Whilst a pro forma invoice may contain the majority of the above requirements it is unlikely that it would contain the words ‘Tax Invoice’. The document would generally include the words ‘Pro Forma Invoice’, but may not include the actual words ‘Tax Invoice’. Where this is the case the document is unlikely to meet the conditions of paragraph (d) – that is, the document is intended to be a tax invoice, and that this can be clearly ascertained from the document.
However, if it does include the words ‘Tax Invoice’, or by including words to the effect ‘If this transaction is completed/paid for within X days, this document becomes a tax invoice’, and it meets all the other requirements, then it appears a pro forma invoice is capable of being a tax invoice under the GST Act.
Claiming GST Credits
Whether an entity holding a pro forma invoice in relation to a supply is sufficient to claim a GST credit is dependent on various factors.
The ability for an entity to claim a GST credit requires that the entity:
- has made a creditable acquisition; and
- the acquisition is attributed to a tax period.
Where the accruals basis is used, and assuming that an entity has made a creditable acquisition, a GST credit for such an acquisition is attributed:
- to the tax period in which the entity provides any of the consideration; or
- where an ‘invoice’ is issued before any consideration is provided – to the tax period in which the ‘invoice’ was issued.
Where the cash basis is used (and again assuming that an entity has made a creditable acquisition), GST credits are attributable to the tax period/s in which consideration for the supply has been provided (and to the extent it has been provided).
However, under both the accruals and cash attribution methods, a GST credit is treated as not being attributable to a tax period that it would otherwise be attributable to if the entity does not hold a tax invoice at the time the GST return is lodged. Instead the GST credit will be attributable to the first tax period for which the entity lodges a GST return at a time when the entity holds the tax invoice.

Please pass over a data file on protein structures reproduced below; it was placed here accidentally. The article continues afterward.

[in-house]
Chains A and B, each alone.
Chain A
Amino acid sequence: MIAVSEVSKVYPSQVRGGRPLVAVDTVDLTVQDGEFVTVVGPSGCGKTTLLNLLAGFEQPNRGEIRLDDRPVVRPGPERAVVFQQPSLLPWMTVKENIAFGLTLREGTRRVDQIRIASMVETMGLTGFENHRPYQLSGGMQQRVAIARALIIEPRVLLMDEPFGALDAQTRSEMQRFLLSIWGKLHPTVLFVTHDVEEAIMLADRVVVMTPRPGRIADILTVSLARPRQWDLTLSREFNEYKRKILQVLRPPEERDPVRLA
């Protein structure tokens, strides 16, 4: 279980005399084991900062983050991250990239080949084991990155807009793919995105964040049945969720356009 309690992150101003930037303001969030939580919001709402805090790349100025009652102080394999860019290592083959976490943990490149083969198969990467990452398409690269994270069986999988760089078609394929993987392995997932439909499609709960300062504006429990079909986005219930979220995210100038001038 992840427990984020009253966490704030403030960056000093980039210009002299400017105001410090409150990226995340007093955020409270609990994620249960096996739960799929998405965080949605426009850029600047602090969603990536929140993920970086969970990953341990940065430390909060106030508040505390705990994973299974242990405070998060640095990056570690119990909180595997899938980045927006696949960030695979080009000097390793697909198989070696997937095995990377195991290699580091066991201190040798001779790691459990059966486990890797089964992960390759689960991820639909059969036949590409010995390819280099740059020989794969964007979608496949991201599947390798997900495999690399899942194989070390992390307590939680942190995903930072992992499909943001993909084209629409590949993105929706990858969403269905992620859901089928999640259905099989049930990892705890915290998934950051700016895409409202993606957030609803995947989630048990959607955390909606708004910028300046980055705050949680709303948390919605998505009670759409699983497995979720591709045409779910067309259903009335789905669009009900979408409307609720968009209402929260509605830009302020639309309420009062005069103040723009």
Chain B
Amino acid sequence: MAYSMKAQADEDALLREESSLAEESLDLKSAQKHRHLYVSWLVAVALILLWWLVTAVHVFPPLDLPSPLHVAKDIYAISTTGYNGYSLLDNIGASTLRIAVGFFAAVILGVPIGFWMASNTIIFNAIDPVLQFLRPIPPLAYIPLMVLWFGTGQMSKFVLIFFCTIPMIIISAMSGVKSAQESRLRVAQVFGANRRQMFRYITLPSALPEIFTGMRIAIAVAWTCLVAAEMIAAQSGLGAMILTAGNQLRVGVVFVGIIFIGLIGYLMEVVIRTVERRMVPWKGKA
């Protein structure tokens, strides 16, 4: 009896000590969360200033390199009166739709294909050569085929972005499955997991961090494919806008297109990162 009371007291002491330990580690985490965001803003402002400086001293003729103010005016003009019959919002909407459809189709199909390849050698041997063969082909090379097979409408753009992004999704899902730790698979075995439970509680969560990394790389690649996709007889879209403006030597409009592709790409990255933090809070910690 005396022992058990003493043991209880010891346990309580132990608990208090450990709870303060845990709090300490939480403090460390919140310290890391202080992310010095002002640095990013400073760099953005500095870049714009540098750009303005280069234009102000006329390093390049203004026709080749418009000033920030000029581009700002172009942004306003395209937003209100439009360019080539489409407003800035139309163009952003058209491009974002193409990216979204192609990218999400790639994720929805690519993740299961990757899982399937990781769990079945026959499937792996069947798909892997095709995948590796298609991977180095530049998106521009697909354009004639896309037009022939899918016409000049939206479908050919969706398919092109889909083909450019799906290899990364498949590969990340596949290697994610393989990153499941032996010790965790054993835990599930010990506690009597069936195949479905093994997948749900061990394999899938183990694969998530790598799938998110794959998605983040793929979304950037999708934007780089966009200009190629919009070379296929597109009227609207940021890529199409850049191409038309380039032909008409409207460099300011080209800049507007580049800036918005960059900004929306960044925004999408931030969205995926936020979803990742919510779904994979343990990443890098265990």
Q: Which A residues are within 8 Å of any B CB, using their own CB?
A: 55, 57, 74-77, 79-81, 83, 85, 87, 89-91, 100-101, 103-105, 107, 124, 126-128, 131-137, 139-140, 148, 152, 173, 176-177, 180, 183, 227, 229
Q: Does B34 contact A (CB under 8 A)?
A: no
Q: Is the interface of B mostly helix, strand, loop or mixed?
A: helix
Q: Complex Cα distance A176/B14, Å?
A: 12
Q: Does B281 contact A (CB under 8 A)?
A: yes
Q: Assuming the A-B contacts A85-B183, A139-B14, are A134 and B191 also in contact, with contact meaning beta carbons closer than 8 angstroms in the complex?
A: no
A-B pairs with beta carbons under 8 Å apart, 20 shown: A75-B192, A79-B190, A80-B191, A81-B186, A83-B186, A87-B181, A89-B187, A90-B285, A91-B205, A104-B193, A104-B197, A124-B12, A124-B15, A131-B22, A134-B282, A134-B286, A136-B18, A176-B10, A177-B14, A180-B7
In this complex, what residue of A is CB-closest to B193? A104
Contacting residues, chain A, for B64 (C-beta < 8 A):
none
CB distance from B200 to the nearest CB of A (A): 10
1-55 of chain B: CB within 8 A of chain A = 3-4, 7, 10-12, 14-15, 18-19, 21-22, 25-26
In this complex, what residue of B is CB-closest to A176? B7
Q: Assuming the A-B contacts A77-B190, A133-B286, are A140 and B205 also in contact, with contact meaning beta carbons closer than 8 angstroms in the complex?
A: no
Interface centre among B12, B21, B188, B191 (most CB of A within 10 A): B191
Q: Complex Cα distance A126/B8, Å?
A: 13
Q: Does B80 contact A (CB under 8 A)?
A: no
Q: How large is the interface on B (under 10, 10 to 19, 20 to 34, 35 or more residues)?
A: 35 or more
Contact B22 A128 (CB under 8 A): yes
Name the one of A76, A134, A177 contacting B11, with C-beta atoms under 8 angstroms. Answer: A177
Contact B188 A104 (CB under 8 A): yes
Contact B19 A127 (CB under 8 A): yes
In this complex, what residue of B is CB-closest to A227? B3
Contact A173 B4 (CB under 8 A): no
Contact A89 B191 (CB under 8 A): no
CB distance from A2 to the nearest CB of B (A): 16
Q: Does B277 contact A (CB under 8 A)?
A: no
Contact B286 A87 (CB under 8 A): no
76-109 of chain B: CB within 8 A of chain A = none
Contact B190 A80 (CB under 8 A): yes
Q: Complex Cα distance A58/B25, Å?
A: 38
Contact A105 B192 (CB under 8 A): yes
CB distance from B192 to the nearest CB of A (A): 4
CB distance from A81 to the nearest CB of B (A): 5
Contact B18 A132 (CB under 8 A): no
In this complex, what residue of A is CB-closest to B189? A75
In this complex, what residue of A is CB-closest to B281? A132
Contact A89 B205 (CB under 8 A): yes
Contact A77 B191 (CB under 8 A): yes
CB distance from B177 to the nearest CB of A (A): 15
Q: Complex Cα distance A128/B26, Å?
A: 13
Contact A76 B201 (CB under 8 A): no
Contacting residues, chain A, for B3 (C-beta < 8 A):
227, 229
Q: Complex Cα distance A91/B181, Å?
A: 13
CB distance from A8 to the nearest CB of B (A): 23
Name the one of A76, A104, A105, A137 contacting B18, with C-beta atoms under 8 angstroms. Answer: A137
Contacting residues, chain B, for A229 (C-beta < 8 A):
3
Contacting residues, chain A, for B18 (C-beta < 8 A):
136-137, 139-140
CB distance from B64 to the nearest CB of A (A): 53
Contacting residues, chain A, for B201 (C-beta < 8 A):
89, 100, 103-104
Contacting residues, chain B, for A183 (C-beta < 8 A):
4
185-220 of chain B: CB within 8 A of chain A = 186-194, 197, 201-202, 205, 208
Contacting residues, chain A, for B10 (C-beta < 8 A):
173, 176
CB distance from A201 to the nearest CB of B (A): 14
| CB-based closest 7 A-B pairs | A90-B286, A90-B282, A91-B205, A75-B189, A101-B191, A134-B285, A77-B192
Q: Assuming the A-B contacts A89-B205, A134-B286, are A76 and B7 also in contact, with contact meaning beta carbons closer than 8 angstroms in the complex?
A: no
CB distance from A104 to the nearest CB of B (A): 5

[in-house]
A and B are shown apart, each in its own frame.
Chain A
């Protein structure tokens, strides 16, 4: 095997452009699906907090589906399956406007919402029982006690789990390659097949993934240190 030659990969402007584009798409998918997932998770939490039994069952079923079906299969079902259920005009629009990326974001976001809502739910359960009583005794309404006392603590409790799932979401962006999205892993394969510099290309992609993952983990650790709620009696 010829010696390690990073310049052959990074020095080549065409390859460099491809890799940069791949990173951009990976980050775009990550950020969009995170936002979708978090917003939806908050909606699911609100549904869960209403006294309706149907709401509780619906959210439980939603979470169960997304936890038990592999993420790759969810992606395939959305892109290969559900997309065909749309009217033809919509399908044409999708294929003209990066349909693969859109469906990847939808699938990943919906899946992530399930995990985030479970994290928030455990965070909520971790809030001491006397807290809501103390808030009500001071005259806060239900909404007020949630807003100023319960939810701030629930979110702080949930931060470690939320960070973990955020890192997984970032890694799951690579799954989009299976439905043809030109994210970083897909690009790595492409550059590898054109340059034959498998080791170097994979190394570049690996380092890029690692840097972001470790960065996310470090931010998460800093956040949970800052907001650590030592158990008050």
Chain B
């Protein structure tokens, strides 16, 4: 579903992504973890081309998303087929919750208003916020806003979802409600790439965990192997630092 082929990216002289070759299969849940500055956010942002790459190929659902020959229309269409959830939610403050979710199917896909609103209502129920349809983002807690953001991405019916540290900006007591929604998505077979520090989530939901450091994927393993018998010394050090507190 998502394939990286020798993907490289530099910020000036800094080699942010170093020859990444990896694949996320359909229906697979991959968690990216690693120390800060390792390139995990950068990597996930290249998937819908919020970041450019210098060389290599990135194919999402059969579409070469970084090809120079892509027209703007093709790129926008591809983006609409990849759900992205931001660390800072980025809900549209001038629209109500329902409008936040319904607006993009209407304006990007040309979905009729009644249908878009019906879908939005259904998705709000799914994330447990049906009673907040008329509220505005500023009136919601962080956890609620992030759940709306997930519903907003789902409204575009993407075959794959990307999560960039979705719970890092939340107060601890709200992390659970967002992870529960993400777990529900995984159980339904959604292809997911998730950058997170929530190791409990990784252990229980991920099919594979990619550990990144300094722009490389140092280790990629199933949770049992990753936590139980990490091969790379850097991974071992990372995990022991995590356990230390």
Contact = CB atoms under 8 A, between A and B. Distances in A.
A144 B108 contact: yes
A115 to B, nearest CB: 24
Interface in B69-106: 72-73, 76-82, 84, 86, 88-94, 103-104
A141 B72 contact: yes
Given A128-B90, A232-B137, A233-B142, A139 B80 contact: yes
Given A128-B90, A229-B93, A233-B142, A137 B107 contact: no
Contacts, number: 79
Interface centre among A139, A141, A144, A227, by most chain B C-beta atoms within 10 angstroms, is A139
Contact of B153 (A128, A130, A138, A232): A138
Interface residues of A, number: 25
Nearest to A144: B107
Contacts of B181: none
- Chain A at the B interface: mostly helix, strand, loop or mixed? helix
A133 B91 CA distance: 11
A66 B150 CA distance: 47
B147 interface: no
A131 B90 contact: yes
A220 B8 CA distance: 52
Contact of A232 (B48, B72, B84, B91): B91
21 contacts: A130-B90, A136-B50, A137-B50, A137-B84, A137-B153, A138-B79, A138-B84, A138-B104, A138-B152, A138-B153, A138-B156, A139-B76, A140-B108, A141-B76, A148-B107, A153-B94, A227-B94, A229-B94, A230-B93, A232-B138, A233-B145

Ordinarily, this would mean that if an entity using the accruals method has been provided with a tax invoice (which is also an ‘invoice’), and has not yet provided any consideration (i.e. has not yet paid any amount of the invoice), then it will be able to attribute and claim the GST credits in the tax period in which that invoice/tax invoice was received.
Importantly, the term ‘invoice’ as used in the GST attribution rules is a specifically defined term in the GST Act and means ‘a document notifying an obligation to make a payment’.
This may cause issues where a pro forma invoice is provided before any payment is made. This is because pro forma invoices are typically not treated as a document notifying an obligation to make a payment, as referenced in the pro forma invoice definitions included earlier in this article. (We also note that while this would generally be the case, this may depend on the specific terms that apply to any particular pro forma invoice that is issued.)
In the absence of any other conditions or documents triggering an obligation to make a payment, a pro forma invoice would not be an ‘invoice’ and therefore would not generally trigger attribution at the time it is issued. Instead the GST credit would only be attributed to the first tax period in which any consideration has been provided or, if earlier, an ‘invoice’ is received.
Whilst a pro forma invoice may be capable of meeting the requirements to be a tax invoice, they are unlikely to meet the GST Act definition of an invoice. Therefore, a pro forma invoice, by itself, would generally be insufficient to trigger attribution for GST credits claimable on the supply.
Where an entity receives pro forma invoices, they should make a habit of ensuring they also receive an invoice (with an obligation to pay) in relation to the supply, and that either of those documents also meets the requirements to be a tax invoice.